The Beckenham Journal, reporting the incident on the same day as the SLP noted that “Such big game seldom comes the way of the ordinary sportsman. “Numbers of people congregated in Copers Cope Road and other thoroughfares and some brought their guns with them hoping to get a shot at the huge living target.”
One well-known town councillor threatened to shoot Archie but was told: “Don’t fire. “You’ll only make him worse.”
The Journal commented: “He did not appear vicious and would probably have done less damage had he not been hunted. “Many continued to take part in the hunt until two or three in the morning.”
Some of the circus men kept the animal well in sight during the night. Archie moved on to Hayes where he enjoyed a good breakfast courtesy of a haystack at Marshall’s farm. He then doubled back towards Barnet Wood. (Records in Bromley local studies library show a J E Marshall at Hook Farm, Bromley Common for that year.)
He was enticed out of Barnet Wood after the circus brought four elephants down to help take him back.A crowd of between 200 and 300 witnessed his capture despite what was miserable weather. “He was the object of much interest on his way home” the Journal added.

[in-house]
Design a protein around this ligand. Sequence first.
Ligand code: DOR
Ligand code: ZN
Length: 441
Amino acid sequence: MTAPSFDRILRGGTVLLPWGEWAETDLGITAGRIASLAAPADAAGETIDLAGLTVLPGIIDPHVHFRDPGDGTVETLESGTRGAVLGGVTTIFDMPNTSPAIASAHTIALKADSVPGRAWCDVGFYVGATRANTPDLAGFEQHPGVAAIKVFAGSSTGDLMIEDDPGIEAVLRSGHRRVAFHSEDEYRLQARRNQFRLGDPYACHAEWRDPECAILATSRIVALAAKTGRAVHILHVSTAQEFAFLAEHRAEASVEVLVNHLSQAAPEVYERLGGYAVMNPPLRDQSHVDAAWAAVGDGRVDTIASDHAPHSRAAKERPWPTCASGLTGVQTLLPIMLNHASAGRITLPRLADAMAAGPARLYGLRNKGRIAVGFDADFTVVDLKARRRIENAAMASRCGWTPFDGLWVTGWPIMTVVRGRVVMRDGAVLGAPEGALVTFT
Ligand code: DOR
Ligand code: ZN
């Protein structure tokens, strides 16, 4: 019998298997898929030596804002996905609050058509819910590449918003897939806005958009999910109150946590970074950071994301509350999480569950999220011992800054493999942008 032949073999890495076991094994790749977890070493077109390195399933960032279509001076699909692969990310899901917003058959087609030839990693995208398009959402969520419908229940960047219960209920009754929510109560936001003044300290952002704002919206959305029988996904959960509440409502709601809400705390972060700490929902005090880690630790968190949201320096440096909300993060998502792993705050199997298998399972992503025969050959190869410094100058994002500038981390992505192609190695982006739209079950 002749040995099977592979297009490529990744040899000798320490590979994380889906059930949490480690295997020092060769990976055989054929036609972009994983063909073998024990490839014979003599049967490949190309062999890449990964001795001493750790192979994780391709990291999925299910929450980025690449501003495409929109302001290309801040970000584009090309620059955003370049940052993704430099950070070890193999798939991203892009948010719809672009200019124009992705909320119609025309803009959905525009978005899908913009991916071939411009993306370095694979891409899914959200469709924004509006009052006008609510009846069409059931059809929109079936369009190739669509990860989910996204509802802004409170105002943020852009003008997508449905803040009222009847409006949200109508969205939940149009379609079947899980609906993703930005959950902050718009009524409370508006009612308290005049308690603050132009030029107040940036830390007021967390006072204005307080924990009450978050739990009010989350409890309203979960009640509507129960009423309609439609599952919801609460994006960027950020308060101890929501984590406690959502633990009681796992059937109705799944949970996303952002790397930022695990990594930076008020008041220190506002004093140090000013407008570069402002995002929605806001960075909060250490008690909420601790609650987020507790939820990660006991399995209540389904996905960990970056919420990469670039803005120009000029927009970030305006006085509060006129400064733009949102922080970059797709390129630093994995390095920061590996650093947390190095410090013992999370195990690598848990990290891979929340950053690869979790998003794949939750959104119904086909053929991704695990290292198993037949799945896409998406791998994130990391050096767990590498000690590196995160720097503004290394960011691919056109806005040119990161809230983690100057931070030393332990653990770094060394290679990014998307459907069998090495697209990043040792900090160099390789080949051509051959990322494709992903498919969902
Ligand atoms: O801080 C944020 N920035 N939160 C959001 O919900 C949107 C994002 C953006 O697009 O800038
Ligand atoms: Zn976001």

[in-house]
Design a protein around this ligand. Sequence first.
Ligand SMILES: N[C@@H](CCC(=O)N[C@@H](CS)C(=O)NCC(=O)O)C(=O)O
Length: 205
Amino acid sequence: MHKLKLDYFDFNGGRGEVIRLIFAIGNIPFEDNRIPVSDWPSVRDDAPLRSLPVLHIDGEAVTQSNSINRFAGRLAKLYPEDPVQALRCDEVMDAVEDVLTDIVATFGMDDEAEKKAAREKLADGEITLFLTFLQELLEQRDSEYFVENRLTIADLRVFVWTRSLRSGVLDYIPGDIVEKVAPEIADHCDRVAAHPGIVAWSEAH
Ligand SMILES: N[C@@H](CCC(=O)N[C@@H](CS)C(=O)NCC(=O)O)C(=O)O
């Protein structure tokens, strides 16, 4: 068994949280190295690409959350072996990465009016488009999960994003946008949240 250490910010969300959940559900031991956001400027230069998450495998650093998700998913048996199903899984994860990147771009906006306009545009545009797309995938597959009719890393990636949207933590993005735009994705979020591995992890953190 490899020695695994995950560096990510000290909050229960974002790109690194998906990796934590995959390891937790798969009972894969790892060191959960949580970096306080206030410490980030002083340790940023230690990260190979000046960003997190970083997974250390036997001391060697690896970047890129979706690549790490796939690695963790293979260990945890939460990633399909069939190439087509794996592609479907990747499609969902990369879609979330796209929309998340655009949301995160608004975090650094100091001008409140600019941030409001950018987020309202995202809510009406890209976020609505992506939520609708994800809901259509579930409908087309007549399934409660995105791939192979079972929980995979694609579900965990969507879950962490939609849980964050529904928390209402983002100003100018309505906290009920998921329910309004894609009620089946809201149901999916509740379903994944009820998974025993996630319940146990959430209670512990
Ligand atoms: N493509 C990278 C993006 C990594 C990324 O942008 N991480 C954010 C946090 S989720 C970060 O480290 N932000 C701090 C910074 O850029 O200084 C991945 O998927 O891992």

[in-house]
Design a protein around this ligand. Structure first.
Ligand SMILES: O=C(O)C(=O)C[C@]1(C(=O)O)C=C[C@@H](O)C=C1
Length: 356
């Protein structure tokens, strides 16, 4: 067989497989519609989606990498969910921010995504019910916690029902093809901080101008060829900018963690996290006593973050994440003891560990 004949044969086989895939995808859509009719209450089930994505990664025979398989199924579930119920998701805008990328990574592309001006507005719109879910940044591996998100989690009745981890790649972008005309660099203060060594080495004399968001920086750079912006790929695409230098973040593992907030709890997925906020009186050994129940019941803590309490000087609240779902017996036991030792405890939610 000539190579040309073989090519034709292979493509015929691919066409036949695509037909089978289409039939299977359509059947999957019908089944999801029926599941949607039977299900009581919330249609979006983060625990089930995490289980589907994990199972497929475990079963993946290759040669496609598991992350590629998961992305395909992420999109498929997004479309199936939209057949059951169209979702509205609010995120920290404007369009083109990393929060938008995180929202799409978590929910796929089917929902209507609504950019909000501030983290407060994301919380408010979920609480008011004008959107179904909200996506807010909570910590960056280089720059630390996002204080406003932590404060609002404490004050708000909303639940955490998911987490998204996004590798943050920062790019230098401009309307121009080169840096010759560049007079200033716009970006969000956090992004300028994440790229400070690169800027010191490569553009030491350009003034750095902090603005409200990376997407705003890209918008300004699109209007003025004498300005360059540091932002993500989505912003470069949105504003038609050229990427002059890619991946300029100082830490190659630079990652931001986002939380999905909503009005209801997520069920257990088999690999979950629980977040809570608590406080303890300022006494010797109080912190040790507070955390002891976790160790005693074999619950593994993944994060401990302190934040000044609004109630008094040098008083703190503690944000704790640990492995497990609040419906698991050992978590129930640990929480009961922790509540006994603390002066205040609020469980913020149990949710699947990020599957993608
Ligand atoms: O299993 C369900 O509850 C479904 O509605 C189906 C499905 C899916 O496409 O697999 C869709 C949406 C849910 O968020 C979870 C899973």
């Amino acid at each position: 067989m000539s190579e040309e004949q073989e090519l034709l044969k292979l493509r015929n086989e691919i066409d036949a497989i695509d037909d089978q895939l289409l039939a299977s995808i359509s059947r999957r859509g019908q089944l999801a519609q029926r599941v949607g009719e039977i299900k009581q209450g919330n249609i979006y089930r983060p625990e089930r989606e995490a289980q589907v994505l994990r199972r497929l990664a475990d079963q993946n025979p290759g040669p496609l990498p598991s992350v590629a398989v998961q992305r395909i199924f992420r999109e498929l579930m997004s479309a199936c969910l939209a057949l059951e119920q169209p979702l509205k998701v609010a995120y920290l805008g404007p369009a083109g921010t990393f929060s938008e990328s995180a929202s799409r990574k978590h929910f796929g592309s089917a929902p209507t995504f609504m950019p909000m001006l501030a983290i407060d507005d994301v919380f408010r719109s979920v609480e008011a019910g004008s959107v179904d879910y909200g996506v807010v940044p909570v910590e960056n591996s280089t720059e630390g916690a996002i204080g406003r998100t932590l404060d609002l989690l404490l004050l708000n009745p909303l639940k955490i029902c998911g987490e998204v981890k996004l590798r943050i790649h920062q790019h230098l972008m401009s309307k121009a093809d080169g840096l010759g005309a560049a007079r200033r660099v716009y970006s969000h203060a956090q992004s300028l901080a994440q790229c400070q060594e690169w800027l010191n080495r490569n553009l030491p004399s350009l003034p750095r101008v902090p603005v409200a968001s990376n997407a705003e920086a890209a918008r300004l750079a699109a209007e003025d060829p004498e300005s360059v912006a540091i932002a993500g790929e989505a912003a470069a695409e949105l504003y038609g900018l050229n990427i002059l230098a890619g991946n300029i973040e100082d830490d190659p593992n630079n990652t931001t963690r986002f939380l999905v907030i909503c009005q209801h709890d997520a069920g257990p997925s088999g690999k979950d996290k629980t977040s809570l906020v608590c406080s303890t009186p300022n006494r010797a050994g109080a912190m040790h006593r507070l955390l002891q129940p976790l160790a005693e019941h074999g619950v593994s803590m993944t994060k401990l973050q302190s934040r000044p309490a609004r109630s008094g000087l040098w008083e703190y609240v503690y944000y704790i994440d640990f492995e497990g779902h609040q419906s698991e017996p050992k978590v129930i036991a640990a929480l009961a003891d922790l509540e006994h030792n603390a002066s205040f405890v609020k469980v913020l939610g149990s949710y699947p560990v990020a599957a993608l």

His pursuers had been out on horses for 16 hours. Directly he got back home Archie picked up a trunkful of hay and began eating it “with an air of indifference as though he had just been out for a stroll and had come in to tea as usual” said the Journal.
But it was not until the Monday that many residents knew of the tragedy at the Crystal Palace.
The Journal trumpeted: “The unfortunate occurrence should be a warning to all circus and menagerie attendants many of whom, it is well known, are accustomed to tease or cause pain to the captives without any reason whatsoever.”
The unfortunate Charlie had been given a loaf of bread containing four ounces of potassium cyanide. In the south nave he sank into a dazed state against a statue called ‘Sleeping Student’, was shepherded back to his stable and shot at 10.10pm.